Katimavik-Hazeldean is a neighbourhood in Kanata South Ward in the west end of Ottawa, Ontario, Canada. It is located in the former City of Kanata which amalgamated into Ottawa in 2001. It is located in south-central Kanata, bounded by Eagleson Road to the east, Hazeldean Road to the south, the Carp River to the west, and Highway 417 to the north.[1]

According to the Canada 2011 Census, the total population of the neighbourhood was 12,088.[2]


By 1866, Hazeldean was a small post village with a population of about 50, in the township of Goulbourn. The village contained one general store; one common school, with an average attendance of twenty-four pupils; and one church, used in common by the Church of England, Presbyterians, and Wesleyan Methodists.[3]

Campeau Corporation started development of the Chimo Drive neighbourhood between Katimavik and Kakulu roads in the early-mid 1970s, based on the garden-city style implemented by Bill Teron in Beaverbrook on the opposite side of the highway. Numerous developers followed Campeau's lead, progressively developing the area west of Castlefrank Road and the area between Kakulu and Hazeldean roads (annexed to Kanata from Goulbourn Township) in a sympathetic style in the 1980s and early 1990s.

The area between Katimavik Road and the highway was intended to be part of the Kanata Town Centre and originally zoned for light commercial/industrial and later high-density residential. Much of that area was rezoned for medium-density residential, and a number of townhouse and detached-single developments were built on that land in the 1990s.

As in other parts of Kanata, most streets are named according to neighbourhood themes: In the northeast section, Arctic explorers; in the southeast section, Canadian broadcasters and entertainers; in the west section, Canadian inventors; and in the former Town Centre lands north of Katimavik Road, Ontario premiers and lieutenant governors. The community was named "Katimavik", in 1972 by 12 year old Kanata resident Corinne Friesen was the result of a local area contest. "Katimavik" means "Gathering Place".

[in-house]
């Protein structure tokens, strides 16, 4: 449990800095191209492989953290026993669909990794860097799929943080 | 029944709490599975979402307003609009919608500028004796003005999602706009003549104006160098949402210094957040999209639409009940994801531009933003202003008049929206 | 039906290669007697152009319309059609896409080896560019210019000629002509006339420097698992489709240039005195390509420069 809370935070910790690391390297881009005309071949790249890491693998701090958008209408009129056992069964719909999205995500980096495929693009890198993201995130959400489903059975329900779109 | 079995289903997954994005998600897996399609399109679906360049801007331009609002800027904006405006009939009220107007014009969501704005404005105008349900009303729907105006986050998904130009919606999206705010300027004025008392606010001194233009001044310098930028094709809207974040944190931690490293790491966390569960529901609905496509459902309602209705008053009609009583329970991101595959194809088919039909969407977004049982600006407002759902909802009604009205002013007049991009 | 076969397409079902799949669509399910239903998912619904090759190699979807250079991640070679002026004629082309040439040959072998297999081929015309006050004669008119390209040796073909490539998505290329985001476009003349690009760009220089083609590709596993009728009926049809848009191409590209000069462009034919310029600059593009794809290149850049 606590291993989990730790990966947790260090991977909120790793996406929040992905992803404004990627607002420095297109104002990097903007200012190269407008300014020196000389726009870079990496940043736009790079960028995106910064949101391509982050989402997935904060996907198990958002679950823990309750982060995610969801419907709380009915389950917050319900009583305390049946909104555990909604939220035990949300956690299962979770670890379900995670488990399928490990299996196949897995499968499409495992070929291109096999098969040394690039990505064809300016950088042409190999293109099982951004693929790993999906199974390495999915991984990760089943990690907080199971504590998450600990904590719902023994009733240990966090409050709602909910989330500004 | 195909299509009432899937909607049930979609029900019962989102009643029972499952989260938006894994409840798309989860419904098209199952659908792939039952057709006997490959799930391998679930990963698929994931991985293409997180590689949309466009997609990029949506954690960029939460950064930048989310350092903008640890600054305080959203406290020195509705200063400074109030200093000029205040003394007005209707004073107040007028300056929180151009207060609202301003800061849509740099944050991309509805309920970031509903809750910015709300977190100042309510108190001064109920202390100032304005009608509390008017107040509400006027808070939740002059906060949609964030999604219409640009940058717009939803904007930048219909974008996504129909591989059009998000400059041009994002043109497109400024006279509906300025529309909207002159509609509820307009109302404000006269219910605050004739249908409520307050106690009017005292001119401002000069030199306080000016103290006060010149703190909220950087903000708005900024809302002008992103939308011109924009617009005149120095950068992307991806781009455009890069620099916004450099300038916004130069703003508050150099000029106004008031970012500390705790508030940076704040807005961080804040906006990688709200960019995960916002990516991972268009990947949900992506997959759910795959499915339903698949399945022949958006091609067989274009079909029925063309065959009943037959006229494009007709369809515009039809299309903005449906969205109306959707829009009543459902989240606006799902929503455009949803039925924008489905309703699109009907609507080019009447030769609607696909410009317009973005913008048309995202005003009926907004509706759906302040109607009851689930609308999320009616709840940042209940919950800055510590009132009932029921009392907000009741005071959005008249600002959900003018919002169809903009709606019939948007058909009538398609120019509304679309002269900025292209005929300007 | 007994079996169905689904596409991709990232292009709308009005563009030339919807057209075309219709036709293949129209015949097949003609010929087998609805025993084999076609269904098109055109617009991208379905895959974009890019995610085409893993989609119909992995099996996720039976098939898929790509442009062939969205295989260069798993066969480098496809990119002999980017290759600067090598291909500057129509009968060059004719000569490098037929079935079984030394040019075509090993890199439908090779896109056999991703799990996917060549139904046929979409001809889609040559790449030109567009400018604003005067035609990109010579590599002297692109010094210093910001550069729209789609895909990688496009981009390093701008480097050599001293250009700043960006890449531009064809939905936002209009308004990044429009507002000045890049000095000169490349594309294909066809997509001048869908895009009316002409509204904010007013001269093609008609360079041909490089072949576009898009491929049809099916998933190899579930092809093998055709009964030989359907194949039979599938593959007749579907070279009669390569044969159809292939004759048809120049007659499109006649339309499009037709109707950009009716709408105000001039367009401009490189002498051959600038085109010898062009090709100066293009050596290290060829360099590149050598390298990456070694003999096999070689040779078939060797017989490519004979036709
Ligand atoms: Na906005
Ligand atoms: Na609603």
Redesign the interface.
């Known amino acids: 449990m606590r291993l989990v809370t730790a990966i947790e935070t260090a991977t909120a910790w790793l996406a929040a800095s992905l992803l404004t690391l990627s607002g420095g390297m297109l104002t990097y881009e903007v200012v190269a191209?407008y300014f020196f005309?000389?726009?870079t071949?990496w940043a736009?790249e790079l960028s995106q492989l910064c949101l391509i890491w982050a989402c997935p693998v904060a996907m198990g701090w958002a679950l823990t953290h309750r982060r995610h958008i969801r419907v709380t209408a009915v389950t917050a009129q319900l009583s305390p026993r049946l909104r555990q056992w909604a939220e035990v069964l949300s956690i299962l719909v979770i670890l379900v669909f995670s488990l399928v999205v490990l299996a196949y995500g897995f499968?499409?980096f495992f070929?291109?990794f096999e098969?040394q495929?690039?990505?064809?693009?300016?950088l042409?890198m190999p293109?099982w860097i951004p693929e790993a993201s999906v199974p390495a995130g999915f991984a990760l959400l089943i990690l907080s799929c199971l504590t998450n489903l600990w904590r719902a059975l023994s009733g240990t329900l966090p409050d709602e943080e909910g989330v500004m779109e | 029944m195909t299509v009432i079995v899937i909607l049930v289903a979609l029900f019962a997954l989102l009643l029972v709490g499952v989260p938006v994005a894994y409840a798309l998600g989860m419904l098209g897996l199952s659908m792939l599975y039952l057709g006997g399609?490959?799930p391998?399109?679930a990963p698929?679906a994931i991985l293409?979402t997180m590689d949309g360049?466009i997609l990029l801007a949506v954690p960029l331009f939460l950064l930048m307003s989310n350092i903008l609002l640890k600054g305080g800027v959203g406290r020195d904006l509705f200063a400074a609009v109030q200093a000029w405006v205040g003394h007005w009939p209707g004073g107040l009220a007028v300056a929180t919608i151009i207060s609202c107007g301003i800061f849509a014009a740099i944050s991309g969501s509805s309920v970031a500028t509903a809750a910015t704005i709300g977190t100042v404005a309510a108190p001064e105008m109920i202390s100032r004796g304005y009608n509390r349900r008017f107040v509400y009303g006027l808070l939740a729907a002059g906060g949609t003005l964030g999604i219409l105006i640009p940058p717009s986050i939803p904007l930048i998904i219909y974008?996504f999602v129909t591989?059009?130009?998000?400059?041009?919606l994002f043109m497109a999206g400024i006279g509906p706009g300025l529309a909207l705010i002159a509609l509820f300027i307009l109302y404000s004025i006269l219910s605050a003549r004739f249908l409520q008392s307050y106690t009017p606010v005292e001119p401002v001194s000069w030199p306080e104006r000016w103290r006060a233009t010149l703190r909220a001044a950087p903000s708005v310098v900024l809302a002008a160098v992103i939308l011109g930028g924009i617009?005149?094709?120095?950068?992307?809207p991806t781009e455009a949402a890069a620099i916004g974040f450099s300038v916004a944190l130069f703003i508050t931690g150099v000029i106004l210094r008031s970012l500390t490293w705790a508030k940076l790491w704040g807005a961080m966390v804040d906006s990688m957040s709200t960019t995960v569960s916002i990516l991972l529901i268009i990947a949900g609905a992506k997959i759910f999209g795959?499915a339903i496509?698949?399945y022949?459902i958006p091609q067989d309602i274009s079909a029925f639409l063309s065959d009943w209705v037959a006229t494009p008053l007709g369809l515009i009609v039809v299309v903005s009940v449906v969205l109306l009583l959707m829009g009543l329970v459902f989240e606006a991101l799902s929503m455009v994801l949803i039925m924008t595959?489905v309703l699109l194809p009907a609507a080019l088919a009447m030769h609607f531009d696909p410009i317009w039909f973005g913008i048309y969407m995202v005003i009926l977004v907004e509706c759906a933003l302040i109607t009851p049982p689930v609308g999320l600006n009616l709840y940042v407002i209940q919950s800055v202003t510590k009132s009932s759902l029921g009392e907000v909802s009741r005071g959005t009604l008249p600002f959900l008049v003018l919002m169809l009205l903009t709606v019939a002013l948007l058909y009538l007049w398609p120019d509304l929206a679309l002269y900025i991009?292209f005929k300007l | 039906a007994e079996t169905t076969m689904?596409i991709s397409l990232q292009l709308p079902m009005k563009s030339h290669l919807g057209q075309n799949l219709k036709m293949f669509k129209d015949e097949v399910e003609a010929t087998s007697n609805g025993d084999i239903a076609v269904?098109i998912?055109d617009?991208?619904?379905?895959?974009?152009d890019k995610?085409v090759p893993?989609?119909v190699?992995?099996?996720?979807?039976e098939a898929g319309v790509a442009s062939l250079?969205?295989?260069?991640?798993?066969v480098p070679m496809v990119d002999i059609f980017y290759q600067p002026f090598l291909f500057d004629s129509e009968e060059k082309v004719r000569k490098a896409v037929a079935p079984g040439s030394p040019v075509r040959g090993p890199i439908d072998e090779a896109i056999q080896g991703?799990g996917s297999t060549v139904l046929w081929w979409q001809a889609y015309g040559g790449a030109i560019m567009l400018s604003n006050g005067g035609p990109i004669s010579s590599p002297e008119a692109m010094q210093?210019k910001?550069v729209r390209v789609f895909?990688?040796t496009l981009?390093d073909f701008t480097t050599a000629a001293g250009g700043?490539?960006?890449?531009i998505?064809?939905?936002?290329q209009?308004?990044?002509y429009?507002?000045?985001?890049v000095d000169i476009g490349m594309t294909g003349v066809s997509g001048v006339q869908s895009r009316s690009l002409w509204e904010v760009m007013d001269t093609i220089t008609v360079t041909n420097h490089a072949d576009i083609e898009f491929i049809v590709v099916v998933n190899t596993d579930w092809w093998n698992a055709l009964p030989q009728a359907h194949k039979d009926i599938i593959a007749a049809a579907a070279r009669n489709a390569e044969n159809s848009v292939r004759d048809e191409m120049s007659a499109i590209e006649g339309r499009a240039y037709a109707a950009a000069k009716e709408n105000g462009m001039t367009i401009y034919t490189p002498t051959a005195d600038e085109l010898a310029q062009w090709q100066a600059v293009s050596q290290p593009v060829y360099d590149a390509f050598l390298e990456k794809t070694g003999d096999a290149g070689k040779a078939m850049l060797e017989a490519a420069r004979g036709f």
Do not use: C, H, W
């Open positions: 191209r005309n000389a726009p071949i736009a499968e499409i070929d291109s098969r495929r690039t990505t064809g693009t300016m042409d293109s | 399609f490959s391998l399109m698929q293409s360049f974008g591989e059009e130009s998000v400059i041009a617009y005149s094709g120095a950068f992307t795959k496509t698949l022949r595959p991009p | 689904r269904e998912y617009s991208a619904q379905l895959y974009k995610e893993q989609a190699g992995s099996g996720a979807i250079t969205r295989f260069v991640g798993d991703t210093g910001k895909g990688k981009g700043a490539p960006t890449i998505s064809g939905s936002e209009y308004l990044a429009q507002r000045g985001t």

Beginning in the late 1980s, the area between Terry Fox Drive and the Carp River has slowly filled with small office buildings, research and development facilities, and big-box stores, with some parcels still awaiting development. The southern half of those lands has been developed as a large multi-use sports facility (Walter Baker Park), including the Kanata Recreation Centre and Ron Maslin Playhouse.

There is also a small light-industrial area in the extreme southwest corner, home to a number of automotive businesses along Edgewater Street and restaurants facing Walter Baker Park across Terry Fox Drive.

Architectural style

The Chimo Drive area, in particular, has preserved its original architectural style, remarkable for its wide lots heavily treed with evergreens and birch, pedestrian-friendly globe-style lawn lamps, and no sidewalks. There is a variety of house models of similar style, set well back from the streets, and their earth-toned exteriors and low-pitch roofs contribute to the natural, almost cottage-country feel of this community.

The more recently developed areas between Kakulu Road and Hazeldean Road, and between Castlefrank Road and Terry Fox Drive, are more modern and somewhat higher-density, but also have the lawn lamps and networks of connecting pathways characteristic of neighbourhoods established during the period when a municipal committee existed to uphold Kanata neighbourhood-design standards.